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Albuquerque Cop Confiscates Camera From Reporter

With complete disregard for the law, an Albuquerque police officer confiscated a camera from a KOB-TV reporter as she was working on a story about a nightclub one Friday night last April.

The officer kept the camera throughout the weekend before returning it to the station the following Monday.

That was when KOB-TV realized the officer may have deleted footage from the camera, specifically a clip showing her making an arrest. Watch some of the surviving footage here.

Nearly a month after the incident, the officer, Stephanie Lopez, filed charges of trespassing against the reporter, Cristina Rodda. Her arraignment is next week.

Lopez was working off-duty, meaning she was being hired by the club, so she was most likely looking out for the interests of the club instead of enforcing the actual law.

Now she is being investigated by internal affairs for possibly deleting the footage, according to the Albuquerque Journal.

Rodda was working on a story about the Tumbleweed nightclub because six people had been arrested there in February for selling ecstasy.

She remained in the parking lot the entire time before she was asked to leave. She and another KOB-TV videographer said she was walking back to her car when Lopez called her back, demanding her camera.

Lopez said Rodda was “hiding behind a row of cars,” which sounds like typical police embellishment.

Either way, Rodda gave up the camera without a fight.

Now KOB-TV is trying to see if anybody could help them recover the deleted footage.

The camera is a Sony DCR-SR67 HDD, which means it stores the clips in an internal hard drive. I’m not sure if they have recorded on it since the seizure or whether it is even possible to retrieve the footage from a camera like this.

Let me know if you have any ideas.

With complete disregard for the law, an Albuquerque police officer confiscated a camera from a KOB-TV reporter as she was working on a story about a nightclub one Friday night last April.

The officer kept the camera throughout the weekend before returning it to the station the following Monday.

That was when KOB-TV realized the officer may have deleted footage from the camera, specifically a clip showing her making an arrest. Watch some of the surviving footage here.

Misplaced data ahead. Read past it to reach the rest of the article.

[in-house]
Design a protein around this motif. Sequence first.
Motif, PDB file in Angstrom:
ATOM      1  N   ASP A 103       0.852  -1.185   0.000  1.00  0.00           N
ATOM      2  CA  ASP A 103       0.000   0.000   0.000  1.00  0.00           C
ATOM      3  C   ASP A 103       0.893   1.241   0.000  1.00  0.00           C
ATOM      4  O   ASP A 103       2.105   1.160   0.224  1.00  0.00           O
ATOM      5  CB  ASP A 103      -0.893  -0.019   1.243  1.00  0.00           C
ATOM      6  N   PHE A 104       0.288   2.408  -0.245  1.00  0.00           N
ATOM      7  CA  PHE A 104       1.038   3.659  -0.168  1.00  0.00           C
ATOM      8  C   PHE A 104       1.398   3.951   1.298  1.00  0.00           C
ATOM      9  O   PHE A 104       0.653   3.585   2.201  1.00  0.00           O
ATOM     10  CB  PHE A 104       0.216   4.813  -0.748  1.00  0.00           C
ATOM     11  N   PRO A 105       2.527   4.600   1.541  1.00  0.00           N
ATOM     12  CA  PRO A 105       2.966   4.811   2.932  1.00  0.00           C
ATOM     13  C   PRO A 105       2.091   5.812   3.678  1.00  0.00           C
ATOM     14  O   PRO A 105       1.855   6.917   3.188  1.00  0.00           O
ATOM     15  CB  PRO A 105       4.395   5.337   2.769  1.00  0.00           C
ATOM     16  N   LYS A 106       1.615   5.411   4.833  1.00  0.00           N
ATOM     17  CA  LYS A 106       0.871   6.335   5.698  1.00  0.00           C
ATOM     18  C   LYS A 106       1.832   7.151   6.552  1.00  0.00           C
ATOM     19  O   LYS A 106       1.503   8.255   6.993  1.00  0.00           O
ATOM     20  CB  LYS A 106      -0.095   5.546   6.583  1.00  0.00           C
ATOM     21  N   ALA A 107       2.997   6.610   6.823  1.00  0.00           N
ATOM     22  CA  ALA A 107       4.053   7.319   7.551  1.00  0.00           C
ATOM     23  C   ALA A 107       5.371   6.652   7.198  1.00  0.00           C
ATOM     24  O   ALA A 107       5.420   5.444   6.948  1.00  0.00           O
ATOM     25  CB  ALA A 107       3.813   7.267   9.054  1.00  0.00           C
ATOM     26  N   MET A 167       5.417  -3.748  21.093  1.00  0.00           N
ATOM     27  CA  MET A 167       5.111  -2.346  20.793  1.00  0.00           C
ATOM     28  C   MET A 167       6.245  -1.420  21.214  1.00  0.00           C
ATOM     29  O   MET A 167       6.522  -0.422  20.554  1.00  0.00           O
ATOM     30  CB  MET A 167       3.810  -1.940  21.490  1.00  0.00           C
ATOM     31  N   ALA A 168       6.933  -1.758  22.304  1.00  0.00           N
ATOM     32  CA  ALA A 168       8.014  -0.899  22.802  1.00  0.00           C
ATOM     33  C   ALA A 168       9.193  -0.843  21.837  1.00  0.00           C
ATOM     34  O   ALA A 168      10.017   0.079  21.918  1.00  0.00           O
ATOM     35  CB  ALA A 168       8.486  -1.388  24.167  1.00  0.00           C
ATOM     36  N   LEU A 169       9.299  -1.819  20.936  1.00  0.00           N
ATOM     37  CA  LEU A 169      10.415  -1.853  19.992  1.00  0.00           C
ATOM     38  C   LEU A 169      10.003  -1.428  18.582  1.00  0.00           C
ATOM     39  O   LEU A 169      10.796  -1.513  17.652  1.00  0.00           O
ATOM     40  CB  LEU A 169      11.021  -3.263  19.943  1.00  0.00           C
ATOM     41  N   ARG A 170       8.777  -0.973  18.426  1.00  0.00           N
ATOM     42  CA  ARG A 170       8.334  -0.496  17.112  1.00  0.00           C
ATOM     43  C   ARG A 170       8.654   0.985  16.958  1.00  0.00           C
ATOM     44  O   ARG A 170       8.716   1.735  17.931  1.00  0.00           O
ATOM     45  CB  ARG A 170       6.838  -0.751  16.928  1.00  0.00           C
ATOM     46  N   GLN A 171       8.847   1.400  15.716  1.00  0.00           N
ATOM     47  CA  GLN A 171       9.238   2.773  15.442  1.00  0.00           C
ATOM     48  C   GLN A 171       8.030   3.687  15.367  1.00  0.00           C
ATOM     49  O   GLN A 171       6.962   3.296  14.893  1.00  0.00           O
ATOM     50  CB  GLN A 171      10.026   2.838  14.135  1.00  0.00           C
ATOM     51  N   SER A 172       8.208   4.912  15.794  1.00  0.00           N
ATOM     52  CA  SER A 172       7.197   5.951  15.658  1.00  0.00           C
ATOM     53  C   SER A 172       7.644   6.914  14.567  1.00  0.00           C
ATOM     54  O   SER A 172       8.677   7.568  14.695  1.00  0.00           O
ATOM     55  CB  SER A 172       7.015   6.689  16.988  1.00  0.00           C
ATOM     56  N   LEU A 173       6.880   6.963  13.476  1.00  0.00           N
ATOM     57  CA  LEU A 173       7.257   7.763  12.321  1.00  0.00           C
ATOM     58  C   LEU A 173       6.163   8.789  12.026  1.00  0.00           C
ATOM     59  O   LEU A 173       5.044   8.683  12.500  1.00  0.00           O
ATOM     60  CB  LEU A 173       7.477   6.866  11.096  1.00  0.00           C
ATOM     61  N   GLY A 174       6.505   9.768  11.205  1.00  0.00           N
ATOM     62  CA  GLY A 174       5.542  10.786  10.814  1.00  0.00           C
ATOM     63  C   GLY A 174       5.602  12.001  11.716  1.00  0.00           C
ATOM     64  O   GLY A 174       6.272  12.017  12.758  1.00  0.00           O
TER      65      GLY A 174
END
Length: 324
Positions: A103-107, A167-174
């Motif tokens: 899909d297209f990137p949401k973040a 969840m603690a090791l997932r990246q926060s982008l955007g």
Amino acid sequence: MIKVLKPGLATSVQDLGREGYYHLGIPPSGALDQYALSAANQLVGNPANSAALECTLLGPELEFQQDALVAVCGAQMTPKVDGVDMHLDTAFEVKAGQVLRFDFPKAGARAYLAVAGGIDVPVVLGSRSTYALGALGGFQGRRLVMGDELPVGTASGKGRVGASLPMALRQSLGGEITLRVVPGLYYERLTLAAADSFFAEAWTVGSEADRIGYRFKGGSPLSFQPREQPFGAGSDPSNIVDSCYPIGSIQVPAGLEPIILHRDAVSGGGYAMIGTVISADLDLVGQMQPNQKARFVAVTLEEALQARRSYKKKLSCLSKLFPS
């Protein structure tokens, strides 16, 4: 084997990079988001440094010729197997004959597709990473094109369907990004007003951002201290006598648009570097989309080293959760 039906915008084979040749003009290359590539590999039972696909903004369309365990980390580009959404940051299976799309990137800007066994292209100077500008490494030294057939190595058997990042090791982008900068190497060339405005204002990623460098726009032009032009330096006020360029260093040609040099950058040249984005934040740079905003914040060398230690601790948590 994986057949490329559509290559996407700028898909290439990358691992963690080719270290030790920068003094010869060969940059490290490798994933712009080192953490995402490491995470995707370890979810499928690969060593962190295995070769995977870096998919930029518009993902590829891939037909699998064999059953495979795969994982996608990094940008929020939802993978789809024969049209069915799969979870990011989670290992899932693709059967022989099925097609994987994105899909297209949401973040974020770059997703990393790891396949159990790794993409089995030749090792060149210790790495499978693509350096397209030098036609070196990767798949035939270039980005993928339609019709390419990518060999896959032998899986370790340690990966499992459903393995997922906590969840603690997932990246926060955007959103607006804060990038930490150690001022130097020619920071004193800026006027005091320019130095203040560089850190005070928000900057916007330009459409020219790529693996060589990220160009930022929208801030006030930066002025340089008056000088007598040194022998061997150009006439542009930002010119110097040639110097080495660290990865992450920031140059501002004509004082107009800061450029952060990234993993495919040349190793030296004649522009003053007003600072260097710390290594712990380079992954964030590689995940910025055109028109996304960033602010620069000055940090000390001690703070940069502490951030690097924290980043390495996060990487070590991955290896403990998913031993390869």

Nearly a month after the incident, the officer, Stephanie Lopez, filed charges of trespassing against the reporter, Cristina Rodda. Her arraignment is next week.

Lopez was working off-duty, meaning she was being hired by the club, so she was most likely looking out for the interests of the club instead of enforcing the actual law.

Now she is being investigated by internal affairs for possibly deleting the footage, according to the Albuquerque Journal.

Rodda was working on a story about the Tumbleweed nightclub because six people had been arrested there in February for selling ecstasy.

She remained in the parking lot the entire time before she was asked to leave. She and another KOB-TV videographer said she was walking back to her car when Lopez called her back, demanding her camera.

Lopez said Rodda was “hiding behind a row of cars,” which sounds like typical police embellishment.

Either way, Rodda gave up the camera without a fight.

Now KOB-TV is trying to see if anybody could help them recover the deleted footage.

The camera is a Sony DCR-SR67 HDD, which means it stores the clips in an internal hard drive. I’m not sure if they have recorded on it since the seizure or whether it is even possible to retrieve the footage from a camera like this.

Let me know if you have any ideas.

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